Part I. Two Addons in OF
For this part of the assignment, I only had time to do the base requirements, i.e. getting two addons to compile in the same project (as you can see if my beautiful output screenshot below). As I have experience with openFrameworks and the type of work I am interested in doing does not usually require the use of c++, I decided to make this the last priority of the assignment. The addons I chose to use were ofxBlur and ofxCameraFilter, simply because they were both built by Kyle McDonald and came highly rated, so I figured they were likely to compile without issues. My very intricate code can be found here.
Part II. Map Visualizations
For this part of the assignment, I chose to work with the meteorite strikes dataset because the data was already pretty clean and seemed interesting to me. For both visualizations, I was interested in understanding trends within different classes of meteorites, in terms of where and when they were found and how big they were. Based on information I found on Wikipedia, I put each meteorite into one of seven classes, determined by the meteorite’s type. My map visualization was created using Leaflet, based on Ingrid’s examples, and can be viewed here. The code for it can be found here. This visualization geoplots where each meteorite was found with a circle. The radius of the circle is proportionate to the mass of the meteorite and the color refers to the meteorite’s class. Each point can be clicked to reveal a popup with more information about the meteorite, including the year of its strike, its mass, its type, and its class, along with a picture of an example meteorite from that class.
For my non-map visualization, I decided to plot the same data on parallel sets using D3. I based the code on one of the D3 examples. The visualization can be viewed here and the code is located here. A parallel set visualization lays out different data categories or ranges on axes and plots a line sequence across these axes for each data point. I decided to create an axis for meteorite class, mass and year of strike. The screenshots below show how the different meteorites get plotted and how a user can filter down to subsets of the data that interest them.
I think that the parallel sets visualization is more informative about the relationships between class and year and class and mass, and the map visualization is more useful for understanding the relationship between class and geolocation and the proportion of meteorites within the different classes. From the map, for instance, it is clear that there are a lot of Stony Chlorite meteorites in comparison to other classes, but you would not be able to understand this from the parallel sets visualization as they all have similar masses and thus have lines plotted atop one another. However, from the parallel sets visualization, it is obvious that most of the meteorites are on the smaller side and have been found in recent years.
Part III. Image Bot
My image bot is @rodef_watcher. The code for it can be found here. Rodef Watcher reports Palestinian terrorist attacks in Israel and counts the days between attacks (‘rodef’ is the Hebrew word for a pursuer, i.e. one intending to do harm to someone else). The bot also posts an image of a “random” (within a group of seven) days-without-incident sign with the number filled in as the number of days since the last terrorist attack.
When pondering the prompt for this assignment, I knew I wanted to make a bot that would address some sort of social issue that I was passionate about. I don’t use Twitter very much myself, so I wanted the bot to have a real purpose to use Twitter as a platform. I got the specific idea for reporting on terrorist attacks in Israel while reading Mark Sample’s Bots of Conviction. In particular I was inspired to this idea by Sample’s description of “oppositional” and “uncanny” bots, though I think Rodef Watcher does a good job at hitting on all of the characteristics Sample describes. Many (educated) people know, or think they know, generally what is going on in the Middle East, but the whole picture is not really seen. The general consensus I find is that Israelis and the Israeli government are being oppressive to the Palestinians and are at fault for the continuation of the conflict. However, what seems to be overlooked is the constant threat of terror attack that Israelis live with on a daily basis. Rodef Watcher’s sole ambition is bring awareness and attention to this often disregarded piece of the conflict.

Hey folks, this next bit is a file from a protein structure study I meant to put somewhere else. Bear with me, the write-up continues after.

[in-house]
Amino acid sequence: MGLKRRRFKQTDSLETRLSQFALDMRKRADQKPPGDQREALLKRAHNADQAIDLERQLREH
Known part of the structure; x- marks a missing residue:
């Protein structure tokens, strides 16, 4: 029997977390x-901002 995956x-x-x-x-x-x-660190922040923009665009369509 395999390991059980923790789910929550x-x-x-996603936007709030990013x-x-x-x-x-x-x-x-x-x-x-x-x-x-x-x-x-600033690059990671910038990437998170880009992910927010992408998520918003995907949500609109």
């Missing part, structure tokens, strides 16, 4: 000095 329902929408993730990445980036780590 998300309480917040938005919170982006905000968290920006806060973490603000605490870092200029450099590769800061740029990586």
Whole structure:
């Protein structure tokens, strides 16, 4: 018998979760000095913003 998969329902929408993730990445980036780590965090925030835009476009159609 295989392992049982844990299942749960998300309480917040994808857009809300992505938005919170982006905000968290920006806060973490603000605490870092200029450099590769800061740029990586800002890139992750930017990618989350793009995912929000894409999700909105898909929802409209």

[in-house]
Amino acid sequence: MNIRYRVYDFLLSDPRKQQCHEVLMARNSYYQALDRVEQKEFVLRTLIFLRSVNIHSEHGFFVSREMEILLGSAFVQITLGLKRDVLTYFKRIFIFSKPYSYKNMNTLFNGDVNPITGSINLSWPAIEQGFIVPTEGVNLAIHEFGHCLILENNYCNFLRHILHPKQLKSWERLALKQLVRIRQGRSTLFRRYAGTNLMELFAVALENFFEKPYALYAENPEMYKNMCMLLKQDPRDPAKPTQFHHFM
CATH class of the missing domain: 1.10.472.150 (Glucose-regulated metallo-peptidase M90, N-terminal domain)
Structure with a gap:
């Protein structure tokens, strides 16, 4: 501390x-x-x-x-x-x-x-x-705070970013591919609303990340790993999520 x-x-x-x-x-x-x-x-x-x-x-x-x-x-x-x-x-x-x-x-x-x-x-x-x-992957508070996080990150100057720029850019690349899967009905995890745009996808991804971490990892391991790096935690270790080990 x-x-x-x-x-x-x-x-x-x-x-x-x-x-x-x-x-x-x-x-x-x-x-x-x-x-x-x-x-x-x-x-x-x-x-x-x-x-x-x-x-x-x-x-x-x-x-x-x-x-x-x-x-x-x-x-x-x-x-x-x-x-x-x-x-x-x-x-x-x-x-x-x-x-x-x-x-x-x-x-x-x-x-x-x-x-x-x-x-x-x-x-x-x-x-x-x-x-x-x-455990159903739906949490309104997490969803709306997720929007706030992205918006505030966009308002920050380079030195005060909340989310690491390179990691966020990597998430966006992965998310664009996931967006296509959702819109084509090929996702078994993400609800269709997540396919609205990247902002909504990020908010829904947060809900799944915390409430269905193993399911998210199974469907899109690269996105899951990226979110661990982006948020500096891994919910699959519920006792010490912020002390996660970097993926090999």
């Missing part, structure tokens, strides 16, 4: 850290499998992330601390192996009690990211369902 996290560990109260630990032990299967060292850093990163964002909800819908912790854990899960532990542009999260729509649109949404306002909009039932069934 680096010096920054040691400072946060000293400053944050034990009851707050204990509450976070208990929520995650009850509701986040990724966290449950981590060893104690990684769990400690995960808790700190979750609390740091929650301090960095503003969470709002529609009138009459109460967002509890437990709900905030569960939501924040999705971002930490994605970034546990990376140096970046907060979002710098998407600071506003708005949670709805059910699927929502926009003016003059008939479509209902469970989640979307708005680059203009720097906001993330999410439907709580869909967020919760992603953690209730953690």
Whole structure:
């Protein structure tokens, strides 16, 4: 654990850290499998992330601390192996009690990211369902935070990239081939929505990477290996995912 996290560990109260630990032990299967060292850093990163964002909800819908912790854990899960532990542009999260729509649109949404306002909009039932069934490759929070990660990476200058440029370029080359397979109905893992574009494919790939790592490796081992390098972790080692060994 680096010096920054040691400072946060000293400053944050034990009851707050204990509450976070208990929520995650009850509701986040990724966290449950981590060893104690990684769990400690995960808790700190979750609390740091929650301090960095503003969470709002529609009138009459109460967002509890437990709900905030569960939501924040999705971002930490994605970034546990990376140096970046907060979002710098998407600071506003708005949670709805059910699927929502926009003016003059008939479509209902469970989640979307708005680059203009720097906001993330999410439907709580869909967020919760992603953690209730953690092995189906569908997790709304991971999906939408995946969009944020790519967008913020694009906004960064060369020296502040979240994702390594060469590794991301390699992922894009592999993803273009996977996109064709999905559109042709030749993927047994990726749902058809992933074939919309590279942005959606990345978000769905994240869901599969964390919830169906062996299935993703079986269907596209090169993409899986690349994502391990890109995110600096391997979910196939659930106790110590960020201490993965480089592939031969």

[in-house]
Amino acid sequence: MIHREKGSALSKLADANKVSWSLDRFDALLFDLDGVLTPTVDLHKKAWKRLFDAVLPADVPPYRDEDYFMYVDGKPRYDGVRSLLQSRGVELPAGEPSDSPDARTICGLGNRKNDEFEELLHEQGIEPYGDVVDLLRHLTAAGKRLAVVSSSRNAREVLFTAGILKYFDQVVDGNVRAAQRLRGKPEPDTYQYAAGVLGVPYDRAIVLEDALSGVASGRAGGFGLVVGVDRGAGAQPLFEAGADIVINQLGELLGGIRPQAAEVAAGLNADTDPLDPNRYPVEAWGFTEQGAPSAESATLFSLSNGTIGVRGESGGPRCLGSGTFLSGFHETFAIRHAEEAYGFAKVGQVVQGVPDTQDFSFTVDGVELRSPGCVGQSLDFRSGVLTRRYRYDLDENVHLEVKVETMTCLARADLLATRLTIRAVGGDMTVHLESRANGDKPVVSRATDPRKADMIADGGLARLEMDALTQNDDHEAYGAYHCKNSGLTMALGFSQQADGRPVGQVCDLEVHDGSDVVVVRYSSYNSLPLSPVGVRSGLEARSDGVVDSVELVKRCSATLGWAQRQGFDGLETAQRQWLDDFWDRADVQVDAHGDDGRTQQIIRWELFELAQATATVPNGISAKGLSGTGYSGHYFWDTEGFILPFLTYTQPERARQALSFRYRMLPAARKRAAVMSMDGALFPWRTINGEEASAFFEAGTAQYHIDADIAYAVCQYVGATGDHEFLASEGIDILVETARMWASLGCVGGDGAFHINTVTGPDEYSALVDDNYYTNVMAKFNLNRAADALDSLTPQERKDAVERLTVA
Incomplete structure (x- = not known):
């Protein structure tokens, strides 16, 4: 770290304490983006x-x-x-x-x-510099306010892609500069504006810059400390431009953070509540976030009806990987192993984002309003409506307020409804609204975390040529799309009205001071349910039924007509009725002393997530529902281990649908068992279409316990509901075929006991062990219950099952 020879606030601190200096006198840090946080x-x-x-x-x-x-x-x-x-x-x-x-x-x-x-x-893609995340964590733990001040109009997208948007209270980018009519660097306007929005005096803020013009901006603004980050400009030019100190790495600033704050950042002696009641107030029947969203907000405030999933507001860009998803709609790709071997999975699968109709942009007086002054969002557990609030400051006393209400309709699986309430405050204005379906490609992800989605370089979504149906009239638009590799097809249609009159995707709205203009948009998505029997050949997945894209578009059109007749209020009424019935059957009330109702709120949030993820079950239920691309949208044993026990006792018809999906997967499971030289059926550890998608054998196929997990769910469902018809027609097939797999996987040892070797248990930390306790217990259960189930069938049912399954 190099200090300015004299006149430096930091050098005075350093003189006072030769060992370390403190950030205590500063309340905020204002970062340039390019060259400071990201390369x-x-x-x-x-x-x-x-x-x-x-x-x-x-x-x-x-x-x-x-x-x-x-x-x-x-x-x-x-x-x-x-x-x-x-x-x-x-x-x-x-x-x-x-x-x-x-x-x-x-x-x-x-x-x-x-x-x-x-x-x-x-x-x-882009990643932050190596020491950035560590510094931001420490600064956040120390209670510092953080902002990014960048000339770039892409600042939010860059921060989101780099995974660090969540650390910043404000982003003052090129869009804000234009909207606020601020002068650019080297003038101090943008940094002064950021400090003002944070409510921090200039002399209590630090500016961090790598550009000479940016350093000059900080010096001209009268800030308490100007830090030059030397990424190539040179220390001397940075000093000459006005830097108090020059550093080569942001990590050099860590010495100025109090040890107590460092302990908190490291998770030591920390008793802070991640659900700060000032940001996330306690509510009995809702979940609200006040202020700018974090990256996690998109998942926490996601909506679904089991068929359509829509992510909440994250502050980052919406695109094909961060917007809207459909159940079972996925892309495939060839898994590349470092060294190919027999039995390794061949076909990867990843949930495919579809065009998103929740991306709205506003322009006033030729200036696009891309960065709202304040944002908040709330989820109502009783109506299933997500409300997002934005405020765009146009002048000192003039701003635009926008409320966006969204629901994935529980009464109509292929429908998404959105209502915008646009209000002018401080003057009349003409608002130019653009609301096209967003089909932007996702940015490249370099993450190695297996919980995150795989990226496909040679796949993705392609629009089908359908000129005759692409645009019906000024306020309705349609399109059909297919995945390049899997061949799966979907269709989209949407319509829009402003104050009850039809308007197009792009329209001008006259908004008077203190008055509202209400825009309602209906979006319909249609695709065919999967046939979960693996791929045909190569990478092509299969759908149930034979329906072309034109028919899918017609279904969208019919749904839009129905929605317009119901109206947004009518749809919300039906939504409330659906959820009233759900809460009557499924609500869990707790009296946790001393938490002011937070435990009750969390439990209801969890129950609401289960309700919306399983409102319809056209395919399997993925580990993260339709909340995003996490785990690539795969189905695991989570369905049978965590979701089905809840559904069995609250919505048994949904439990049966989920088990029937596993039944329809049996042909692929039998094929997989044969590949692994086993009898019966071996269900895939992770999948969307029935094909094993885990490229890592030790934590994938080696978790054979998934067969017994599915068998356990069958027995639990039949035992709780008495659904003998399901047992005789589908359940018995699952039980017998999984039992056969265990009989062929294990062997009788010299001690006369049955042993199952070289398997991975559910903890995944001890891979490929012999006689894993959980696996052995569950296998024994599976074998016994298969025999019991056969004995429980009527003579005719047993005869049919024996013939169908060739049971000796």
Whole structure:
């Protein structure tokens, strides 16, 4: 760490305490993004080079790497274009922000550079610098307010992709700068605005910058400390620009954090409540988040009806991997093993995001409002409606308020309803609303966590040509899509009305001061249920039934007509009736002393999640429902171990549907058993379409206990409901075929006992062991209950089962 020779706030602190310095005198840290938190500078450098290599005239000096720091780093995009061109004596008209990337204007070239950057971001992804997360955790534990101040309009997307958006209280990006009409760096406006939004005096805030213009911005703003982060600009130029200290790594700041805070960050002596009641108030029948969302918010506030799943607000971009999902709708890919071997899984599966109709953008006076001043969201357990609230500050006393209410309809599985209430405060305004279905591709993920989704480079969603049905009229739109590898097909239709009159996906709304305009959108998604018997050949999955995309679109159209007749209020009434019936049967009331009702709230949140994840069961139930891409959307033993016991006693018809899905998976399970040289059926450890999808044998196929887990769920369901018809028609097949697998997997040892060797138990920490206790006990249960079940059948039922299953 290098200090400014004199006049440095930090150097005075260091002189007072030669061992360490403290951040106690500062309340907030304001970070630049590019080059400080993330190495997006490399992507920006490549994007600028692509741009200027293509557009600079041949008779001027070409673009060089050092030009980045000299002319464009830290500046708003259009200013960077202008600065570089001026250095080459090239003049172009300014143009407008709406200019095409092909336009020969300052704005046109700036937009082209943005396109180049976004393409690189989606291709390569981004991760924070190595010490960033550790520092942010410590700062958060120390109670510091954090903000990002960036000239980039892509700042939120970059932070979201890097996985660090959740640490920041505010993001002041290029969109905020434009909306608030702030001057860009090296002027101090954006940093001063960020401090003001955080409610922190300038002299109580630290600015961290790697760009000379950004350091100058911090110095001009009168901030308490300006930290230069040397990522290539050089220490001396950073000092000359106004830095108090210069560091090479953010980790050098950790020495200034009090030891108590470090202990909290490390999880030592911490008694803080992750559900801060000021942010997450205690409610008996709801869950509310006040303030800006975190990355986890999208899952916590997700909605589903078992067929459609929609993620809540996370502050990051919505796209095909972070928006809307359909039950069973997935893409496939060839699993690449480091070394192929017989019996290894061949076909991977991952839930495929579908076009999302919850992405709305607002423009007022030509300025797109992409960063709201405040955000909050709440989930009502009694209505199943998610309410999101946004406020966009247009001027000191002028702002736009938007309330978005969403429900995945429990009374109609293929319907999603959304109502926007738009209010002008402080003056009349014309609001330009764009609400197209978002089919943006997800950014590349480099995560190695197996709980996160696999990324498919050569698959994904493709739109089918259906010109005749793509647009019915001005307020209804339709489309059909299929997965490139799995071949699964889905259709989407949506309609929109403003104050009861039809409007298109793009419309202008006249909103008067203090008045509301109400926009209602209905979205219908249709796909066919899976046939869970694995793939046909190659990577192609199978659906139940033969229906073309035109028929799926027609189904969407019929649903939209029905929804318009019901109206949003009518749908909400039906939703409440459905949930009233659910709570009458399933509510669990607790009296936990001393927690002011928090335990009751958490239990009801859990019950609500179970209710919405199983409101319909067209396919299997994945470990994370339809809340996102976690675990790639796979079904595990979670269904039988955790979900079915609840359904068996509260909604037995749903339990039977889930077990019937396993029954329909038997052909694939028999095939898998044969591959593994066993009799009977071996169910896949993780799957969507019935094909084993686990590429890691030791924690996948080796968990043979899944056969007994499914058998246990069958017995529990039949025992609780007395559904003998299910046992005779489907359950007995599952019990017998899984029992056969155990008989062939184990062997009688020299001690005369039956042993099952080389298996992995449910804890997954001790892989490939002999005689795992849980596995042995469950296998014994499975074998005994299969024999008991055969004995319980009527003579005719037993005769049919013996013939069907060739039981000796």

Below are some examples of the tweets. On their own, the tweets are not so impactful; they display a date and a number of days that will be forgotten upon looking away from the tweet. The power is really in the list of tweets, where you can consistently see the small number of days between attacks and understand how imminent the threat of attack is on a daily basis.
I created the bot initially by following Dan Shiftman’s Image Bot tutorial using Processing. After getting it to run locally, I looked for a way to put the bot on the shared server I rent. However, I found that I would not be able run Processing in headless mode of the server, so I converted my bot’s code to work with node canvas instead. Then, I discovered I wouldn’t be able to get it to run off the server so I learned about heroku and put it up on a heroku server. When running locally, I was using text files to keep track of dates I had already tweeted. However, these would not persist on heroku so I learned how to set up and use redis for my basic purposes. Currently, the bot posts once every 2-5 hours or so going through a list of previously recorded terrorist attacks starting in September 2000. Once it finishes, it will begin posting once a day.